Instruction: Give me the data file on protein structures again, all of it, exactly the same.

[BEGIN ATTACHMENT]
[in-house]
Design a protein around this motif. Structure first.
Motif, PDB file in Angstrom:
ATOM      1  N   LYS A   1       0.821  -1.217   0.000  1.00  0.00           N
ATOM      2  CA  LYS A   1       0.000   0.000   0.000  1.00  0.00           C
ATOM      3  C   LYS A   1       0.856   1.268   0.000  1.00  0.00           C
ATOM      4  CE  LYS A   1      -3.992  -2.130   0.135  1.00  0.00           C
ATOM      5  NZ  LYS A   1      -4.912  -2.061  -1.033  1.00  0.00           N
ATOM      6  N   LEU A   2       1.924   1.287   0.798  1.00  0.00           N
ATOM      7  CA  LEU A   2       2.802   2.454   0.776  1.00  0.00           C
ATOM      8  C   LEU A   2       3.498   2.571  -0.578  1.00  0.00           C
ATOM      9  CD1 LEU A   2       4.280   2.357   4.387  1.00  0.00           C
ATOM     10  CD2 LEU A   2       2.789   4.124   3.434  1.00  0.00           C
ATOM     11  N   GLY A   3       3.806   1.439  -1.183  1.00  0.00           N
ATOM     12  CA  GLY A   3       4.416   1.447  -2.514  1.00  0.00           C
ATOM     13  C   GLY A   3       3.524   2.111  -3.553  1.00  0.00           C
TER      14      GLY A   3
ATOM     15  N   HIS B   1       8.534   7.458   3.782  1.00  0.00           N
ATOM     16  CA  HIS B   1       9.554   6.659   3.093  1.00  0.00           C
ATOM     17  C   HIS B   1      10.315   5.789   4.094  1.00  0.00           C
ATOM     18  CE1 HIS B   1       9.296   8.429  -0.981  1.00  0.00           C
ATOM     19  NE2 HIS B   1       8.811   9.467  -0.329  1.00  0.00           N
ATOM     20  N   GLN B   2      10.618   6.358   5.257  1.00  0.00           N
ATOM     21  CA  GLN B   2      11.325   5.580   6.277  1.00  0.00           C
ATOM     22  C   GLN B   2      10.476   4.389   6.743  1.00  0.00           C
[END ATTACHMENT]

[in-house]
Design a protein around this motif. Structure first.
Motif, PDB file in Angstrom:
ATOM      1  N   LYS A   1       0.821  -1.217   0.000  1.00  0.00           N
ATOM      2  CA  LYS A   1       0.000   0.000   0.000  1.00  0.00           C
ATOM      3  C   LYS A   1       0.856   1.268   0.000  1.00  0.00           C
ATOM      4  CE  LYS A   1      -3.992  -2.130   0.135  1.00  0.00           C
ATOM      5  NZ  LYS A   1      -4.912  -2.061  -1.033  1.00  0.00           N
ATOM      6  N   LEU A   2       1.924   1.287   0.798  1.00  0.00           N
ATOM      7  CA  LEU A   2       2.802   2.454   0.776  1.00  0.00           C
ATOM      8  C   LEU A   2       3.498   2.571  -0.578  1.00  0.00           C
ATOM      9  CD1 LEU A   2       4.280   2.357   4.387  1.00  0.00           C
ATOM     10  CD2 LEU A   2       2.789   4.124   3.434  1.00  0.00           C
ATOM     11  N   GLY A   3       3.806   1.439  -1.183  1.00  0.00           N
ATOM     12  CA  GLY A   3       4.416   1.447  -2.514  1.00  0.00           C
ATOM     13  C   GLY A   3       3.524   2.111  -3.553  1.00  0.00           C
TER      14      GLY A   3
ATOM     15  N   HIS B   1       8.534   7.458   3.782  1.00  0.00           N
ATOM     16  CA  HIS B   1       9.554   6.659   3.093  1.00  0.00           C
ATOM     17  C   HIS B   1      10.315   5.789   4.094  1.00  0.00           C
ATOM     18  CE1 HIS B   1       9.296   8.429  -0.981  1.00  0.00           C
ATOM     19  NE2 HIS B   1       8.811   9.467  -0.329  1.00  0.00           N
ATOM     20  N   GLN B   2      10.618   6.358   5.257  1.00  0.00           N
ATOM     21  CA  GLN B   2      11.325   5.580   6.277  1.00  0.00           C
ATOM     22  C   GLN B   2      10.476   4.389   6.743  1.00  0.00           C